Bill Cosby trial: Former district attorney who declined a decade ago to prosecute Bill Cosby gives evidence
The former district attorney who declined a decade ago to prosecute Bill Cosby has testified that he hoped the decision would free the comedian to give evidence in his accuser's lawsuit and help her win damages.
Cosby did, in fact, go on to give evidence as part of Andrea Constand's civil case, and she eventually settled for an undisclosed amount.
"I did not believe it was just to go forward with the criminal prosecution, but I wanted there to be some measure of justice" for Ms Costand, former Montgomery County District Attorney Bruce Castor said.
The evidence came at a court hearing where Cosby's lawyers asked a judge to throw out the sexual assault charges because of what they said was a binding, decade-old commitment from Mr Castor that Cosby would never be prosecuted.
The current district attorney has said he has no record of such an agreement.
Cosby, 78, is charged with drugging and violating Ms Constand, a former Temple University athletic department employee, at his suburban Philadelphia mansion in 2004. He could get up to 10 years in prison if convicted.
Mr Castor investigated the allegations back then and said he saw serious flaws in the case and decided that Cosby "would not be prosecuted, no matter what".
He said he relayed word to Cosby's then-lawyer, Walter Phillips, in hope of making sure Cosby could not invoke his Fifth Amendment right against self-incrimination to avoid testifying in a lawsuit Ms Constand was filing against him.
However, Mr Castor said the two lawyers did not have "an agreement".
"Mr Phillips never agreed to do anything in exchange for Mr Cosby not being prosecuted," Mr Castor said. "I thought making Mr Cosby pay money was the best I was going to be able to set the stage for."
Phillips is now dead.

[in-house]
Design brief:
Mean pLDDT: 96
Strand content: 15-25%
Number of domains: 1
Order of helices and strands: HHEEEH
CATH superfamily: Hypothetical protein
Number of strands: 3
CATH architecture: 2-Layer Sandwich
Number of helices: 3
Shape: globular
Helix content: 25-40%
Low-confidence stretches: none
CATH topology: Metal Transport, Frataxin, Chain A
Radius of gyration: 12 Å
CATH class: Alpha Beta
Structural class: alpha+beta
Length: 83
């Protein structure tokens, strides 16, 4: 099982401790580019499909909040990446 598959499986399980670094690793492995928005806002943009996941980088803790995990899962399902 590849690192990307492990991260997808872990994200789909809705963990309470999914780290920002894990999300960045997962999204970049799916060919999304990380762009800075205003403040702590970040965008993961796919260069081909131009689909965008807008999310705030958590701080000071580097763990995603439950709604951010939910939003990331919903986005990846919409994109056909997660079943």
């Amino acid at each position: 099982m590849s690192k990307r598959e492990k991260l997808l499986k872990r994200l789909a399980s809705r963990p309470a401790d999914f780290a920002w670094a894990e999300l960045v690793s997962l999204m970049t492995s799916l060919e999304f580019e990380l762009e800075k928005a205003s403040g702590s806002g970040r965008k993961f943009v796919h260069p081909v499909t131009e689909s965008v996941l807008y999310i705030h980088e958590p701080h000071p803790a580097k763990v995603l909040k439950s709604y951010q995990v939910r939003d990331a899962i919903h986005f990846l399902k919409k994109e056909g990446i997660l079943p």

Kevin Steele, the newly elected DA who is pursuing the case, has said Cosby would need an immunity agreement in writing to get the case thrown out. He has said he has no evidence one exists.
In a barrage of allegations that have destroyed Cosby's image as America's Dad, dozens of women have accused the former TV star of drugging and sexually assaulting them since the 1960s. But this is the only case in which he has been charged.
Damaging testimony from Ms Constand's lawsuit was unsealed last summer, prompting Mr Castor's successors to reopen the case and ultimately charge Cosby.
Cosby admitted in the deposition that he had affairs with young models and actresses, that he obtained quaaludes to give to women he wanted to have sex with and that he gave Ms Constand three pills at his home. He said he reached into her pants in what he insisted was consensual contact.
Mr Castor defended his decision not to bring charges, testifying that he saw Ms Constand's year-long delay in reporting the allegations, inconsistencies in her statements and her contact with a lawyer before going to police as red flags.
Mr Castor said Ms Constand's delay was of "enormous significance" in his consideration of the case. He said it thwarted his ability to test her hair or fingernails for evidence she was drugged.
Still, Mr Castor said, he investigated the case thoroughly because he wanted to show authorities in Ms Constand's native Canada that celebrities do not get preferential treatment in America.
Anne Poulin, a law professor at Villanova University, said the defence has a high bar to meet to get the case thrown out early on. But "if they can win without this ever going to trial, then they've done their client a big service".